Dell has become the latest major tech company to confirm it will be laying off workers, with an estimated 6,650 jobs expected to be culled as PC sales continue to fall.
The list of layoffs at tech companies has grown, after Dell confirmed on Monday that it too will be reducing its headcount. Over 6,000 jobs are anticipated to go at the PC maker in the next few months.
In a memo to staff made public and published to the Dell website, Co-chief Operating Officer Jeff Clarke writes that the company previously paused external hiring, limited travel, and reduced its expenditure on external services to "navigate the challenges of the global economic environment and uncertainty ahead." Believing that "market conditions continue to erode with an uncertain future," Clarke says the company needs to do more to "prepare for the road ahead."
According to IDC in January, overall shipments of "traditional PCs" during the 2022 holiday quarter were down 28.1%, with Dell declining 37.2%. Instead of shipping 21.6 million PCs, Dell managed just 15.5 million in the quarter.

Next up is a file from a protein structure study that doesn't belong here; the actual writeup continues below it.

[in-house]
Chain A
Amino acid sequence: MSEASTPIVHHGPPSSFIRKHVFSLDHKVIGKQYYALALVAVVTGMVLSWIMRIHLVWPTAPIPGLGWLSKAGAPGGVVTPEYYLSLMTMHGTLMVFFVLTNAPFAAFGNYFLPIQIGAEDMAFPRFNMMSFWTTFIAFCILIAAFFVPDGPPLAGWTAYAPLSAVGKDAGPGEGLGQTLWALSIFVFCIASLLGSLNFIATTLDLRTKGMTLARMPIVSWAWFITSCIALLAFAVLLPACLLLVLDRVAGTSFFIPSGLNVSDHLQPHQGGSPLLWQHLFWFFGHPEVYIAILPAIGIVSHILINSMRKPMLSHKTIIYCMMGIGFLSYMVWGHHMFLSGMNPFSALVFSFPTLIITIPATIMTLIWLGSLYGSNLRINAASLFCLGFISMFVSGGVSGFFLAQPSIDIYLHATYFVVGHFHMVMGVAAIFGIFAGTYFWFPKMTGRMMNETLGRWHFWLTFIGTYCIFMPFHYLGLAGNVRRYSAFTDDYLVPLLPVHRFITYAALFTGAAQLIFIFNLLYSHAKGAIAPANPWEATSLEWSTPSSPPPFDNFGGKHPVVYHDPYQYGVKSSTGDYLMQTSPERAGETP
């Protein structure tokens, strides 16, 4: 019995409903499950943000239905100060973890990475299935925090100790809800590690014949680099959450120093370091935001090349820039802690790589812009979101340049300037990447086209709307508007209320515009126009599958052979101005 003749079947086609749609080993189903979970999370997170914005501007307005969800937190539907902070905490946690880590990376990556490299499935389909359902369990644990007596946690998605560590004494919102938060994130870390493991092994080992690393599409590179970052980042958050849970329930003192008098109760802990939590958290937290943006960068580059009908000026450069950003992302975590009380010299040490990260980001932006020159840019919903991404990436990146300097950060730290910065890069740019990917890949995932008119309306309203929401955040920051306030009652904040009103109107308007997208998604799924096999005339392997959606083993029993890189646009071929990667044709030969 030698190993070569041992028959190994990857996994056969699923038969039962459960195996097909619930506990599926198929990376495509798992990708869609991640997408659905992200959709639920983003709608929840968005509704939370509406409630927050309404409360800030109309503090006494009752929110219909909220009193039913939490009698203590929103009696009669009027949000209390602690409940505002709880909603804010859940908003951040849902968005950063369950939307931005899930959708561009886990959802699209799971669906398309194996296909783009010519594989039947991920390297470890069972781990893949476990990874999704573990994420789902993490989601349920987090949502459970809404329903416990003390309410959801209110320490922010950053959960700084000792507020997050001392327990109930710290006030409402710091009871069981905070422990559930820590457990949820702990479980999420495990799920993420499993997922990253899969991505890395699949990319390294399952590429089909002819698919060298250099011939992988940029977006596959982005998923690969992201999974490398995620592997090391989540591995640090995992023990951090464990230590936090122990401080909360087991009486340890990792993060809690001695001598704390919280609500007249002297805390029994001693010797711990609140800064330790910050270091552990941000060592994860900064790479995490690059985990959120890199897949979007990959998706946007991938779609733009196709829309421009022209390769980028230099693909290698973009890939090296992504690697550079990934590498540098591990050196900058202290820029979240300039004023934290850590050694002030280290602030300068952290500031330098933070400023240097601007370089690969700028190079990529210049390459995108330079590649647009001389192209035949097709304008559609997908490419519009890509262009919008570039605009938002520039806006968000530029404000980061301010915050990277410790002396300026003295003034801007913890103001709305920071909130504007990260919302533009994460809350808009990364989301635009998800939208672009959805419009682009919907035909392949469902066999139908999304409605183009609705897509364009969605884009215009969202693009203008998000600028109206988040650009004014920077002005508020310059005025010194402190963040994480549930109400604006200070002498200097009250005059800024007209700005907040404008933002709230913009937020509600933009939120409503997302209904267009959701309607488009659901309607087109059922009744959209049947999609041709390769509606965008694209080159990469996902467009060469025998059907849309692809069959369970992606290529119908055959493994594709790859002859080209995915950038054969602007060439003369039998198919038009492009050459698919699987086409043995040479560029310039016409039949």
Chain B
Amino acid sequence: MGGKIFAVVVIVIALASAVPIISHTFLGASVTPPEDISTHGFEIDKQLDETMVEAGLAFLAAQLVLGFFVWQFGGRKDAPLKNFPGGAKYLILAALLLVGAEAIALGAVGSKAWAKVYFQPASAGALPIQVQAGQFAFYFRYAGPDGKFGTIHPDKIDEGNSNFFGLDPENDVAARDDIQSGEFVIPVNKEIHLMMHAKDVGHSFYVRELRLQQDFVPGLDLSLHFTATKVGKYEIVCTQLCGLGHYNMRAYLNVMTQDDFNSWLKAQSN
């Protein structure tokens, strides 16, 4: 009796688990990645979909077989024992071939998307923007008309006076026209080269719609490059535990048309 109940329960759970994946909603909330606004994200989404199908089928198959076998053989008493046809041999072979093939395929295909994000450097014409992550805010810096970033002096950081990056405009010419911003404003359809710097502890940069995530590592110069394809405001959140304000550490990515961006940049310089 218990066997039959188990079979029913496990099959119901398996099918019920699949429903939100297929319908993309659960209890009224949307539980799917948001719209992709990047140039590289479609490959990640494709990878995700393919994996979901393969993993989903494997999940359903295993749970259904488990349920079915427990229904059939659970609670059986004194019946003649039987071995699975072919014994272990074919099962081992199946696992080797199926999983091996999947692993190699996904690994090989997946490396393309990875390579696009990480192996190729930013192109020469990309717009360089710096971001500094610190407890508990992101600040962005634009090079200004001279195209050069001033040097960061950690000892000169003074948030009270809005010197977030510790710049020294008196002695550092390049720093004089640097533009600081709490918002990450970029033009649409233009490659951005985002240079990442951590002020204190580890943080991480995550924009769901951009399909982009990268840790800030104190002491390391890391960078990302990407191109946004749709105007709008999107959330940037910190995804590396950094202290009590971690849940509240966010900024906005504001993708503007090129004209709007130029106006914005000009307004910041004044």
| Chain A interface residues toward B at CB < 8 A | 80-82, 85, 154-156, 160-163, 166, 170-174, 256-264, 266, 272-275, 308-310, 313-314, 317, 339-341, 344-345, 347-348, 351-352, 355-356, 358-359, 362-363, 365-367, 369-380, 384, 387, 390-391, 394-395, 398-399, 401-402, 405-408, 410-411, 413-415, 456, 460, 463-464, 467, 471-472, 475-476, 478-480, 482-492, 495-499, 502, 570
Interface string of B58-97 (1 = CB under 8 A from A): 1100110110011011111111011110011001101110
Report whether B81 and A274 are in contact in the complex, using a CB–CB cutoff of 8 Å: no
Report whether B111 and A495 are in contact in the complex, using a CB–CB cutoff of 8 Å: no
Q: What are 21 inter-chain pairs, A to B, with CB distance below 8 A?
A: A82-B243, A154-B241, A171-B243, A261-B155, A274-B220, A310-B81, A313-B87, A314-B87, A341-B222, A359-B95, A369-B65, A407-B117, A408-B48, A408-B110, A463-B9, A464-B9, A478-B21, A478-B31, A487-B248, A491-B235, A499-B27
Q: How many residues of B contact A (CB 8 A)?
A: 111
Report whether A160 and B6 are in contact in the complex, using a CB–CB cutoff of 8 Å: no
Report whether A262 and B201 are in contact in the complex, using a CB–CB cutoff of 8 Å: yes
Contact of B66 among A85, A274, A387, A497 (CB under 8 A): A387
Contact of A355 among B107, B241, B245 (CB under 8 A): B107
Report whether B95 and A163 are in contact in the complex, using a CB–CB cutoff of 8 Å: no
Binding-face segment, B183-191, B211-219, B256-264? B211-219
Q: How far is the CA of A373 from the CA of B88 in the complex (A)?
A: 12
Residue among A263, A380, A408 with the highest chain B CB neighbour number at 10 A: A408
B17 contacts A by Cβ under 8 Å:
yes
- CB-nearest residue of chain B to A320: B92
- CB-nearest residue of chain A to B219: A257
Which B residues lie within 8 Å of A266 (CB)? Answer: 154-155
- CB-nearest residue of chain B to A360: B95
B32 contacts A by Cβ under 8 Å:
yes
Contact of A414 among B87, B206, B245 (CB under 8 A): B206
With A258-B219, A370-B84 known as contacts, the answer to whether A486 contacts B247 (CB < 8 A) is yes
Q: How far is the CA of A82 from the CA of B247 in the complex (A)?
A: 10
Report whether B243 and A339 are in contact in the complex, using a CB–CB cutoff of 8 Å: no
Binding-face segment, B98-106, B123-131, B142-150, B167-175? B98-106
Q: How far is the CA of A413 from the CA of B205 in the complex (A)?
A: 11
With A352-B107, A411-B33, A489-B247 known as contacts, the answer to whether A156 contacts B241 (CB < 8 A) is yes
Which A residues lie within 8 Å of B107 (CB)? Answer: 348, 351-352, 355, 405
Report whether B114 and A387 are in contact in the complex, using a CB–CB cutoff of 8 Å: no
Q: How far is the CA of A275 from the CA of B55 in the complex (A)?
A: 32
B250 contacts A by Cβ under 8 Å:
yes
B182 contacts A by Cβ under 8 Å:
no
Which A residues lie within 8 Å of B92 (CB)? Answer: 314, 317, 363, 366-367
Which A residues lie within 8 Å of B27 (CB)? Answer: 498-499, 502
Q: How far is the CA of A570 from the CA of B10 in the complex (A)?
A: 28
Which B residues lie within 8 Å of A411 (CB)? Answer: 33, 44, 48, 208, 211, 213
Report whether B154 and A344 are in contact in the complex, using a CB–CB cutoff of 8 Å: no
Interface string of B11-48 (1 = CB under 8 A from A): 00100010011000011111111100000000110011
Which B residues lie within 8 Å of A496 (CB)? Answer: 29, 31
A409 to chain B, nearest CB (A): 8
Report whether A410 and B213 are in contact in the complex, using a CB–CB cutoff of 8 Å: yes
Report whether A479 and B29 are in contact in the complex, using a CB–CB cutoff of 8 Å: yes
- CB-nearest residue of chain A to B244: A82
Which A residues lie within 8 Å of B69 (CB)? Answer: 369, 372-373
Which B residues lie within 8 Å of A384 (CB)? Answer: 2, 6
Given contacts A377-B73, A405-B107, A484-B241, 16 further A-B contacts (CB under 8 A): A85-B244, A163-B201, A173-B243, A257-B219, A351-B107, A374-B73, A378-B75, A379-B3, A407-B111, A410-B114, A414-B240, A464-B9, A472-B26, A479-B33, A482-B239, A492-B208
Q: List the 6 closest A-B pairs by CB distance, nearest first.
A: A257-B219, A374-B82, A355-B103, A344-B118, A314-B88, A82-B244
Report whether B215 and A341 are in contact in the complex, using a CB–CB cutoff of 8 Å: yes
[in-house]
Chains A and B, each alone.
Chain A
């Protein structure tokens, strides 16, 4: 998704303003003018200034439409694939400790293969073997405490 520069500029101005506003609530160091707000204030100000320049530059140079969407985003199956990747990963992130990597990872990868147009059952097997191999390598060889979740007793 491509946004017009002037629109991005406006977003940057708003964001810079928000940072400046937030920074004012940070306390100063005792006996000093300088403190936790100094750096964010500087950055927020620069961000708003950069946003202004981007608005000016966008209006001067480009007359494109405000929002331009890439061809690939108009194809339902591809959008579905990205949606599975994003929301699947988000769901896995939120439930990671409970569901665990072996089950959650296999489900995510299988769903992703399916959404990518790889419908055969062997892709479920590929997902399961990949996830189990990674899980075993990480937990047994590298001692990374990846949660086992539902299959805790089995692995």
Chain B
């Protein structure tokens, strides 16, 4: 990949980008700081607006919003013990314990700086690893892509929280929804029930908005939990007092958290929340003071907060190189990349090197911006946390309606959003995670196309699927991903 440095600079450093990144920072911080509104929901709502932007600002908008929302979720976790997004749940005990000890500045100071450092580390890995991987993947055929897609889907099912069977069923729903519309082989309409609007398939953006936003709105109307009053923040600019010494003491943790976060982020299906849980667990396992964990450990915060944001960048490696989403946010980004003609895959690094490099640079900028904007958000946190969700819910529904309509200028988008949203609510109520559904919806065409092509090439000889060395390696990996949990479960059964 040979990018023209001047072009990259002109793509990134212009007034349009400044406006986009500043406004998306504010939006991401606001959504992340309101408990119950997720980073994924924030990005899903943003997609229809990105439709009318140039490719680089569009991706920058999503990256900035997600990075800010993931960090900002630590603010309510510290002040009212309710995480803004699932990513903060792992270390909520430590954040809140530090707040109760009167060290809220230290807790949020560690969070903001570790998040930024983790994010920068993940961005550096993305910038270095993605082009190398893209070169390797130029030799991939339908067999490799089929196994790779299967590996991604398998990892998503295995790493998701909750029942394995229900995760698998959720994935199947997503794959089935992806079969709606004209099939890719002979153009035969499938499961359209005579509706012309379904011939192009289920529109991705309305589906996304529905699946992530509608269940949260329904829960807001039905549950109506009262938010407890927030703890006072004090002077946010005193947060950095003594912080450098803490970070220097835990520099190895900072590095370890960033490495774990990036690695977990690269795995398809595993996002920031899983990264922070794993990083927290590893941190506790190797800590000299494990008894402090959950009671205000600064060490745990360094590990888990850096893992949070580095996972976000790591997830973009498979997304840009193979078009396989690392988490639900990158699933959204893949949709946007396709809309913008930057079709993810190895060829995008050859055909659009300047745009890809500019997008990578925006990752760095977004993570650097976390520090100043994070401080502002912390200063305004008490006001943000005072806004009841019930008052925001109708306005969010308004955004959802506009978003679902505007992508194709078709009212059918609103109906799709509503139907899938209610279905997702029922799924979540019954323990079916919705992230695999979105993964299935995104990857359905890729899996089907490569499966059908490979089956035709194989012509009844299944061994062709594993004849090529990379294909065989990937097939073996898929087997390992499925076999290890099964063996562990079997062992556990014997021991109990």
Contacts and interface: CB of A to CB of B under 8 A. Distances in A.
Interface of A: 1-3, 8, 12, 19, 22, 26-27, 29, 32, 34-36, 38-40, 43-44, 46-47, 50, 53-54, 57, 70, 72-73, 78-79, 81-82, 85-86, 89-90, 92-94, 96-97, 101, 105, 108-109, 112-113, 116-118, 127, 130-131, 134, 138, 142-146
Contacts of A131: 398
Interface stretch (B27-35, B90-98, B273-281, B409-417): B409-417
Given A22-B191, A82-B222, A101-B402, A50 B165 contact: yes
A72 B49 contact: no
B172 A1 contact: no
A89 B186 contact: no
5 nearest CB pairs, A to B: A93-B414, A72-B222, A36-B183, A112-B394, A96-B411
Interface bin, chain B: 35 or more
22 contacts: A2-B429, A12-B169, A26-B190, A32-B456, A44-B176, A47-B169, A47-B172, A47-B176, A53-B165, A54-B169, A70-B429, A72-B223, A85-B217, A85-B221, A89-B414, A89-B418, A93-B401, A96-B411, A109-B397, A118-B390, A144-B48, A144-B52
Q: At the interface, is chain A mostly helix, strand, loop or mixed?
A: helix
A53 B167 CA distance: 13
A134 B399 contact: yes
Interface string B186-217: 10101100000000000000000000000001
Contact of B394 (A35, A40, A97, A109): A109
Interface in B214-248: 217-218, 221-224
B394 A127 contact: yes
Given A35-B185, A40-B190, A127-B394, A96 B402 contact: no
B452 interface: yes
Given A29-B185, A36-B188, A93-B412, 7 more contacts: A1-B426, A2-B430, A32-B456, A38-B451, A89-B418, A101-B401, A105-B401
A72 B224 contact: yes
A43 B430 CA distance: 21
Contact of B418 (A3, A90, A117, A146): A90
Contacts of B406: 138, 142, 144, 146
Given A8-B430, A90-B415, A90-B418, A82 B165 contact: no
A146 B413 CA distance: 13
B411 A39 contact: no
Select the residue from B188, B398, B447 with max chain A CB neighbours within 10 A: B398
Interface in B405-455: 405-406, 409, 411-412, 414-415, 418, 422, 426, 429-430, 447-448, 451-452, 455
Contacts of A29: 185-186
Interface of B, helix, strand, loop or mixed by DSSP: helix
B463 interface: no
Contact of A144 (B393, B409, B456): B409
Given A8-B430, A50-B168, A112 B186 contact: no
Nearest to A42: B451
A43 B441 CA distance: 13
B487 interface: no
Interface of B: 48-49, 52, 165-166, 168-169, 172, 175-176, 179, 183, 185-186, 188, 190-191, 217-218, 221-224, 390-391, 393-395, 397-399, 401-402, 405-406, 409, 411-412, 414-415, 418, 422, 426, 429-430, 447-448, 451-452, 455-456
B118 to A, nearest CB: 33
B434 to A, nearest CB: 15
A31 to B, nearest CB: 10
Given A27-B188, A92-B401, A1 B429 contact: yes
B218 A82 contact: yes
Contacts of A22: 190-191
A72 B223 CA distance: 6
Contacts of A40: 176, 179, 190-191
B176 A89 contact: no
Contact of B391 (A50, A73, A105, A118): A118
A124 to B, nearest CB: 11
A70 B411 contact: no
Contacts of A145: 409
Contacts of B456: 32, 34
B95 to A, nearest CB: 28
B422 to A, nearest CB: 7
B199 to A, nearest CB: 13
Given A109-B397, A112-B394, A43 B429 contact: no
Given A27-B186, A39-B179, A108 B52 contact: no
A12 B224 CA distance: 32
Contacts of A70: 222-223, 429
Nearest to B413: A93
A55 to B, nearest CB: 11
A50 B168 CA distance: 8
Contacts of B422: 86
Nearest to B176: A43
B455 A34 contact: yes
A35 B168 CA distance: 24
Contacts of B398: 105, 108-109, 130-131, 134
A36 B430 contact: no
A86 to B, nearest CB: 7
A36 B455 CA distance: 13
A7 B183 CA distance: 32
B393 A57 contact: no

By contrast, Apple's shipments declined just 2.1%, from 7.7 million to 7.5 million.
The list of changes includes "some resets" across the company, including aligning its regional sales and Dell Technologies Select teams for consistency, integrating its various services teams, and changing resources with its ISG engineering teams.
"Unfortunately, with changes like this, some members of our team will be leaving the company," Clarke admits. "There is no tougher decision, but one we had to make for our long-term health and success."
The language of the memo in discussing job cuts makes the layoffs seem lighter than they really are. According to Bloomberg, Dell will be cutting 6,650 roles, which amounts to 5% of the global workforce.
The cut in jobs will in theory bring Dell down to 126.3 thousand employees, the lowest in six years.
Dell's confirmation of job losses follows similar January announcements by Microsoft and Google, offloading 10,000 and 12,000 employees respectively. In November Meta warned it was culling 11,000 jobs.
For Apple, it has managed to avoid most of the layoff problems by hiring at a much slower rate to its rivals, though it too is expected to reduce its headcount simply by reducing hiring. Apple did let some employees go with non-seasonal workers in retail channels outside of Apple Stores, but not at significant levels.